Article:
Writing songs that way basically. It's a contemporary songwriting class.


Well the Blind Melon song certiainly isn't based on any mode, and if you're in a key you'll always be playing some form of the major or minor scale.

Just make a song which features non-diatonic chords at parts. These will lend themselves to accidentals in the melody.
And no, Guitar Hero will not help. Even on expert. Really.
Soundcloud
#13
well, what mode is it?
if the root note is G, if you were to play in Lydian, you could play a C scale on top of it.
the way i see it, a mode is to give off a certain vibe/sound. try listening to "flying in a blue dream", it's so lydian it's ridiculous, but awesome. it would sound so flat if you played it with the root note as 1st.
Last edited by christianfs1 at Mar 25, 2013,
#14
^^^ So you like those accidentals, thats cool.

Otherwise the song is not modal and I dont know what you mean "played it with the root as 1st".
And no, Guitar Hero will not help. Even on expert. Really.
Soundcloud
#15
Quote by TDKshorty
I have to write a song in a mode for class, and I really don't know how

I understand the idea of them, but I don't know how to actually employ them.

I was listening to See The Leaves by The Flaming Lips and it's basically modal, except for the bridge, and so it gave me the idea to just do a two note riff.

I'm on G and F, but I don't really know where to go.
I'm not sure how or if I can make it G Dorian or G Phyrigian, but I'm not allowed to use Ionian or Aeolian.

I feel dumb for asking, because I see the mode threads on here and they're just crazy. I've read through the modes sticky, but I still am not sure exactly how to apply it.


How is it that you are in a class that is presumably supposed to be teaching you the skill sets and knowledge required, to be able to do the homework?

Best,

Sean
#16
Quote by TDKshorty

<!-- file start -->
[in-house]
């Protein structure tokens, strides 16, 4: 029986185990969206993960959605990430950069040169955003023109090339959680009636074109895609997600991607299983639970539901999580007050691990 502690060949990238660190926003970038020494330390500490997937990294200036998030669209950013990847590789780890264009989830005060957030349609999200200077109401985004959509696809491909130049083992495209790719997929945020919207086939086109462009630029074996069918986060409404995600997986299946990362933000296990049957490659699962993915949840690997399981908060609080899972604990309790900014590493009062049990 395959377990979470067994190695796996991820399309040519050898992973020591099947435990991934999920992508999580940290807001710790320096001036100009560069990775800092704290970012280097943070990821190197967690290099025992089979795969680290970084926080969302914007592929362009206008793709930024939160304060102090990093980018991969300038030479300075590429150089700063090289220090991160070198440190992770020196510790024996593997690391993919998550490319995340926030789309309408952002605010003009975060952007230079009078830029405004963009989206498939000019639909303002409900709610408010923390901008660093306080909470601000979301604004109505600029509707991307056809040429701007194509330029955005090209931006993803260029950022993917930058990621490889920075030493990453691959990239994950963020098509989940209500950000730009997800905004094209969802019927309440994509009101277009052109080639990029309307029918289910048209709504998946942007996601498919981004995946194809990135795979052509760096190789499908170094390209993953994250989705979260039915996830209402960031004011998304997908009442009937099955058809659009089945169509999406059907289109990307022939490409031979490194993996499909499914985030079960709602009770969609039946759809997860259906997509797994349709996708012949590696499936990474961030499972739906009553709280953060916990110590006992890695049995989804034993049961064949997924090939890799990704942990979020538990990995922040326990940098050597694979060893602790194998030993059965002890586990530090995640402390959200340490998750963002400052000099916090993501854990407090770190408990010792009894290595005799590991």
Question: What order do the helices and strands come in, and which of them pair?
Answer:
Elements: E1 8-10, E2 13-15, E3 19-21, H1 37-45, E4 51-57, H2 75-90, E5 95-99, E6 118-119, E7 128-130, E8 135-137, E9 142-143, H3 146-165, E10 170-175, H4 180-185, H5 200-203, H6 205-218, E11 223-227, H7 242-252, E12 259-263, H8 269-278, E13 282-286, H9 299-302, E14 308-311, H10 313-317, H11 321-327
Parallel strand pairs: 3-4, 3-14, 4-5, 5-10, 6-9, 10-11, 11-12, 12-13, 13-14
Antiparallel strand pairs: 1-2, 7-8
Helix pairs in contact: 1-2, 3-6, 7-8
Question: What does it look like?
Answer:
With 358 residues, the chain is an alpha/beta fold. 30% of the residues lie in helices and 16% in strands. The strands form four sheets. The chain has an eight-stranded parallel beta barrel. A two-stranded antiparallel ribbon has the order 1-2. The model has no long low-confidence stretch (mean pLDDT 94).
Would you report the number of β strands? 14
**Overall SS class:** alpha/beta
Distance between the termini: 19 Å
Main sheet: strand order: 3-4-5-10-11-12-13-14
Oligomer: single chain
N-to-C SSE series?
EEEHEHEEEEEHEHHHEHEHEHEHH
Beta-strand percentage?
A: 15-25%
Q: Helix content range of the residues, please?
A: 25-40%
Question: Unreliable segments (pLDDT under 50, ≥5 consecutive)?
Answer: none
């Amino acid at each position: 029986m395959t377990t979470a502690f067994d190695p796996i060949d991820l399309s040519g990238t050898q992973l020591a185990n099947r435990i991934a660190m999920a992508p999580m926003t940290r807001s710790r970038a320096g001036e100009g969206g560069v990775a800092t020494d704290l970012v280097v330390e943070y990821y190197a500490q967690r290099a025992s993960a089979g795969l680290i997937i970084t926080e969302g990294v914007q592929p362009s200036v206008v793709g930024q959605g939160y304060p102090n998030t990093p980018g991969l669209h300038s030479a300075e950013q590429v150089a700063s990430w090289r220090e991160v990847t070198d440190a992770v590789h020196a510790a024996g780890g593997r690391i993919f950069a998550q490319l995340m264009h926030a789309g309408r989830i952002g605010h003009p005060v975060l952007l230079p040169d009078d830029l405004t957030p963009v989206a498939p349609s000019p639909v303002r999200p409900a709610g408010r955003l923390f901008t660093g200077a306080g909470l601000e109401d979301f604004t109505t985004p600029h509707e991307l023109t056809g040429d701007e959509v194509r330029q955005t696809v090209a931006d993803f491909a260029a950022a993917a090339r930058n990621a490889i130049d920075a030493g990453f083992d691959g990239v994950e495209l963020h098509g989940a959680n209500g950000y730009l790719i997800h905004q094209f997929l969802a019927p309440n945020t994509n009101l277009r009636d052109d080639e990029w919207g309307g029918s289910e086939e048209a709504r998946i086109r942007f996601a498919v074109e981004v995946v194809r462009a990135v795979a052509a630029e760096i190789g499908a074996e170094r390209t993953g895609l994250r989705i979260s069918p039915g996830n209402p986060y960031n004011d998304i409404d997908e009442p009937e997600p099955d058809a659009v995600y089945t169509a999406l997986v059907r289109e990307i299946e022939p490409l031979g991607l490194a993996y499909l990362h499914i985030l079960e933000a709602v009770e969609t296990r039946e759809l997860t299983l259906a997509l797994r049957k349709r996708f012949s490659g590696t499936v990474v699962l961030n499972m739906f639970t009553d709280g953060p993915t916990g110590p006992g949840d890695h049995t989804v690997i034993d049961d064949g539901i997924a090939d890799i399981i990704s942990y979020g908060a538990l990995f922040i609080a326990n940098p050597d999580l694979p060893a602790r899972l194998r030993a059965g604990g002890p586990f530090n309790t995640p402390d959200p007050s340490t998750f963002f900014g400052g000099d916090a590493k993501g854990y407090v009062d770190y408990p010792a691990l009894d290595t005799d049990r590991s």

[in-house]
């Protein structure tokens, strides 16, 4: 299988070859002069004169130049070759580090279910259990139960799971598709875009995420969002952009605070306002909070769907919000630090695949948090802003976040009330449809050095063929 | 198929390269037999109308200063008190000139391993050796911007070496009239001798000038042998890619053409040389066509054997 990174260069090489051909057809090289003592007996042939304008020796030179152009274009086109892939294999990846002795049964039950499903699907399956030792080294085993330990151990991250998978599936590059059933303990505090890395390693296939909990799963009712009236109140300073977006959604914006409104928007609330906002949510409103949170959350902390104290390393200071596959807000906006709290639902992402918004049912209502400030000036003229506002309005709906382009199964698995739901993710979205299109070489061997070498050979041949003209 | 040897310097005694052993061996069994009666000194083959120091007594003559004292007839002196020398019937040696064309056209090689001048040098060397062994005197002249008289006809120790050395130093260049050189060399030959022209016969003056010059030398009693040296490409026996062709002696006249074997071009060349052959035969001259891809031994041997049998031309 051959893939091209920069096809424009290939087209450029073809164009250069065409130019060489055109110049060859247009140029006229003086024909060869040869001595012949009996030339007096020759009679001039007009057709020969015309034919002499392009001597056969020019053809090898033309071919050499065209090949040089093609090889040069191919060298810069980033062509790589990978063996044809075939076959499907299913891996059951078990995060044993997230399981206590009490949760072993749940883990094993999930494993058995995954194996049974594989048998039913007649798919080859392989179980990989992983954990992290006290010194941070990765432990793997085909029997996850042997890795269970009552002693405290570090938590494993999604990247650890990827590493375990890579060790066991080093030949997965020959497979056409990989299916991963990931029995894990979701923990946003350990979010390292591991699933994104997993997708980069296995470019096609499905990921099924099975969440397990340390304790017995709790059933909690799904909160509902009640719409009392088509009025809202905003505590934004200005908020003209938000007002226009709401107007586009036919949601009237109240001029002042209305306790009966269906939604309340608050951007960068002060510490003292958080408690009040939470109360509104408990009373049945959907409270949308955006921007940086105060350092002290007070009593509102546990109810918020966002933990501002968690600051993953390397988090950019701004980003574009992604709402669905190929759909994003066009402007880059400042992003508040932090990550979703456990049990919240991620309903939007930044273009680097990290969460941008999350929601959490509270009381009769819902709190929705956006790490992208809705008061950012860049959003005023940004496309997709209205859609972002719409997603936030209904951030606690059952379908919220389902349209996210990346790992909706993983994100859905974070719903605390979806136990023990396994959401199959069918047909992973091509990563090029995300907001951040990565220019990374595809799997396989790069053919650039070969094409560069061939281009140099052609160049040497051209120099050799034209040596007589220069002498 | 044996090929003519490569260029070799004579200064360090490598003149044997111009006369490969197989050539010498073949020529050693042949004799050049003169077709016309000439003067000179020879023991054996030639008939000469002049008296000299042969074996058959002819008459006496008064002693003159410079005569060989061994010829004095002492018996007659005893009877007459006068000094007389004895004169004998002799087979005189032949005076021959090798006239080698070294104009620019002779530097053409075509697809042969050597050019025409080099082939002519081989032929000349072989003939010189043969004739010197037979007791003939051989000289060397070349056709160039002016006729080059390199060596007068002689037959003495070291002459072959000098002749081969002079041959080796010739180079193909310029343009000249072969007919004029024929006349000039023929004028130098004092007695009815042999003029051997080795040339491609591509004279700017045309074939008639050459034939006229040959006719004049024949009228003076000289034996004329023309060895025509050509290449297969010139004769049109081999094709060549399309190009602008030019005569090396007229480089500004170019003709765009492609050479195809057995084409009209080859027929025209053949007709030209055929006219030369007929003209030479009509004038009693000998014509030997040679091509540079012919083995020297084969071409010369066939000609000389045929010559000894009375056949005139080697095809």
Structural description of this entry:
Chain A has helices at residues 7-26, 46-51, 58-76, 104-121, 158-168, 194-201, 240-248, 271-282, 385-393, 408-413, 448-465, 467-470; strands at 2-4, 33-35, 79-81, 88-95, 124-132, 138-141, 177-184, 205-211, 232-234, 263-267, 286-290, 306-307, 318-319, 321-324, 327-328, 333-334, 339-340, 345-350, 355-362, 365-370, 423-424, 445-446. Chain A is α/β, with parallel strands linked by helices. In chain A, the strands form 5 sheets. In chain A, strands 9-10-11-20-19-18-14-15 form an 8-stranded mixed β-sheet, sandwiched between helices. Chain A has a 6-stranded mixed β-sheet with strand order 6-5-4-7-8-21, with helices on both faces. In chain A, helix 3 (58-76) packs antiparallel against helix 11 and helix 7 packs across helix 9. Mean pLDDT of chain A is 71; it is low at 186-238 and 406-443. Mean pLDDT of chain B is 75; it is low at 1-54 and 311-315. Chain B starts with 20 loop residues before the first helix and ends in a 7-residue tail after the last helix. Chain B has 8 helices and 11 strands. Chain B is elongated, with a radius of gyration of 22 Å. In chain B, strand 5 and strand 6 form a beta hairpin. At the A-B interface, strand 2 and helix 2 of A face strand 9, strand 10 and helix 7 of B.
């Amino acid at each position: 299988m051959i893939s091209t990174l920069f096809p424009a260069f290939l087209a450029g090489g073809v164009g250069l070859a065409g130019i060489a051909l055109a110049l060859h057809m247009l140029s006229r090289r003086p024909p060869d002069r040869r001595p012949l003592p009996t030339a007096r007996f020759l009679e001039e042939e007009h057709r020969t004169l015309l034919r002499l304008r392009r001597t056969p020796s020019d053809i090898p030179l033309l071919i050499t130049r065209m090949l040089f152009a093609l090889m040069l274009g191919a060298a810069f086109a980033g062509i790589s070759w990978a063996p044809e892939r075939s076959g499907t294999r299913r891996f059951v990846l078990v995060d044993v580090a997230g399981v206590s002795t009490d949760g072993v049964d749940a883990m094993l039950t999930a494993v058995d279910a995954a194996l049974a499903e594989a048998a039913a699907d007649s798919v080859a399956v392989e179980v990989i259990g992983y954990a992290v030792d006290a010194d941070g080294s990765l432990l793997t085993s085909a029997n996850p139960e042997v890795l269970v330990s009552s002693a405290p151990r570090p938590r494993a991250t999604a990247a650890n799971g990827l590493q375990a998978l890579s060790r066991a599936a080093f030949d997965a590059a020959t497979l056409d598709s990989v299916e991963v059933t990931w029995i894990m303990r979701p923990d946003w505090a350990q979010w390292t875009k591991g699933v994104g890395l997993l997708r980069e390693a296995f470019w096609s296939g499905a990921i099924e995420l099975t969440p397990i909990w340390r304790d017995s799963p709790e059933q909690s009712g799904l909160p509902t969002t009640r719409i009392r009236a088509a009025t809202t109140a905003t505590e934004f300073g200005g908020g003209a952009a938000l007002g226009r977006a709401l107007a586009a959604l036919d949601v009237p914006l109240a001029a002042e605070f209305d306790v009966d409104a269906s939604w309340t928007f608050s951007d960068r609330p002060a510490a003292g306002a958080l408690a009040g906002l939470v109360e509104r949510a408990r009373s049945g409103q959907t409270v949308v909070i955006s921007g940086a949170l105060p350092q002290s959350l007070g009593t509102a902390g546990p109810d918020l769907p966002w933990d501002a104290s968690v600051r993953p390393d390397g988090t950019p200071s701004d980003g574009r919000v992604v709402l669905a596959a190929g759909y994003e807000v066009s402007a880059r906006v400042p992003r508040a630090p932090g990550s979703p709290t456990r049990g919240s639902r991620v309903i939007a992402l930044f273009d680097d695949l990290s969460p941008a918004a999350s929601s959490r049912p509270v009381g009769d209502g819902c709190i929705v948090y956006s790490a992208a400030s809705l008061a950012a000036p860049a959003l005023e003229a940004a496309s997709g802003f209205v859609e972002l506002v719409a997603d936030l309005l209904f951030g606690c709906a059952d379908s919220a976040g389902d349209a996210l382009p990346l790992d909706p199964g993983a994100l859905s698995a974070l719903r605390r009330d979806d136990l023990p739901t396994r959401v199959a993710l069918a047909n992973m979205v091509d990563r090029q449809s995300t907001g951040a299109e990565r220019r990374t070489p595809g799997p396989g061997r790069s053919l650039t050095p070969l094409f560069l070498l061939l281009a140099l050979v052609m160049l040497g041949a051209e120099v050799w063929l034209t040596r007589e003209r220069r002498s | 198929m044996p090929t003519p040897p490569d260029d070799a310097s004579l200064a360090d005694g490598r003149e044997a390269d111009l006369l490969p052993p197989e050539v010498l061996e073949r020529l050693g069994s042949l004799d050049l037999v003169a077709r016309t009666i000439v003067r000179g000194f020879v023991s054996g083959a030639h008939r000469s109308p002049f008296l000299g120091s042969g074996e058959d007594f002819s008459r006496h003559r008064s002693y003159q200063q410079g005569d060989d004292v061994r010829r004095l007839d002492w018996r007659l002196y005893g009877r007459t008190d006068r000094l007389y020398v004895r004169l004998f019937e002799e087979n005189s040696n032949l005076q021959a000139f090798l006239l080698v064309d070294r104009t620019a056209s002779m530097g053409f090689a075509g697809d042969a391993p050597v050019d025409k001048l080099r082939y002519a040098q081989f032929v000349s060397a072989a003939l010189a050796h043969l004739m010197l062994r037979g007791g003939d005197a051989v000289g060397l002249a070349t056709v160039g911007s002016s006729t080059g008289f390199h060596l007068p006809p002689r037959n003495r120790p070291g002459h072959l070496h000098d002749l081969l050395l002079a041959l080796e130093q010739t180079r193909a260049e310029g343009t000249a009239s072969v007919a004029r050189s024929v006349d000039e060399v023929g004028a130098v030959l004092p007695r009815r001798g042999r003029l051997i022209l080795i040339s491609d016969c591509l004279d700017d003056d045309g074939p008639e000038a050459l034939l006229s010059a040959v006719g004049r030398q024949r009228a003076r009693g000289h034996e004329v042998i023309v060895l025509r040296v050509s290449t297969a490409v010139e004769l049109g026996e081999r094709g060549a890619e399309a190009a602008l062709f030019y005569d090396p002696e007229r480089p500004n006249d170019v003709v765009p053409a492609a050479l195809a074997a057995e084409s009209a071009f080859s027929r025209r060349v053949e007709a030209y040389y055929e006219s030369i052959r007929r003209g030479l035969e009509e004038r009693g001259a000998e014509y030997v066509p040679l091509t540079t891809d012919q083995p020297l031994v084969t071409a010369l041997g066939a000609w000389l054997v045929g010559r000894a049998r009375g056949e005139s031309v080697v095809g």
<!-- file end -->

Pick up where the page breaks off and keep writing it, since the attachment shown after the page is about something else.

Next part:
I have to write a song in a mode for class, and I really don't know how

I understand the idea of them, but I don't know how to actually employ them.

I was listening to See The Leaves by The Flaming Lips and it's basically modal, except for the bridge, and so it gave me the idea to just do a two note riff.

I'm on G and F, but I don't really know where to go.
I'm not sure how or if I can make it G Dorian or G Phyrigian, but I'm not allowed to use Ionian or Aeolian.

I feel dumb for asking, because I see the mode threads on here and they're just crazy. I've read through the modes sticky, but I still am not sure exactly how to apply it.

This "class" shouldn't even be asking you to do this. But here is an idea for you to employ E Lydian.

------
-9-11-9
-9-11-9
-9-11-9
------
-0-0--0-

Job ****ing done.
#17
My first thought is a faux folk song. Come up with a simple Mixolydian melody, maybe in 3/4. Try to come up with lyrics: maybe humourously juxtaposing modern issues to old-style folk language ("My true love has lost her I-Pad"). Then just alternate the tonic chord and another from the mode to make a vamp. You can vary the chords with extensions and still retain the modal sound.

Anything more harmonically complex will be a lot more difficult to write without straying into a key.
#18
Use counterpoint and harmonize horizontally. You can produce rather complex modal pieces with this method. C lydian is not only droning a C and play a C scale with a F# in it.

You should know that there's a bunch of anti-mode cops running this forum who discard everything as not modal unless your name is Miles Davis and you play 20 Dm chords after each other while playing a B once in a while.

Even in Renaissance modal counterpoint it was common to use a leading tone while for example in dorian (in G for example F#). It's even a HARD rule when leading into Gm, but correct me if I'm wrong. Horizontal movements that lead to vertical sonorities like Gm - C - Am - D could be well considered as dorian.

But the self acclaimed anti-mode elite here thinks it's just G minor with an E accidental although an Eb is never used hereby disqualifying almost the whole pre-Baroque era to just 'accidentals'.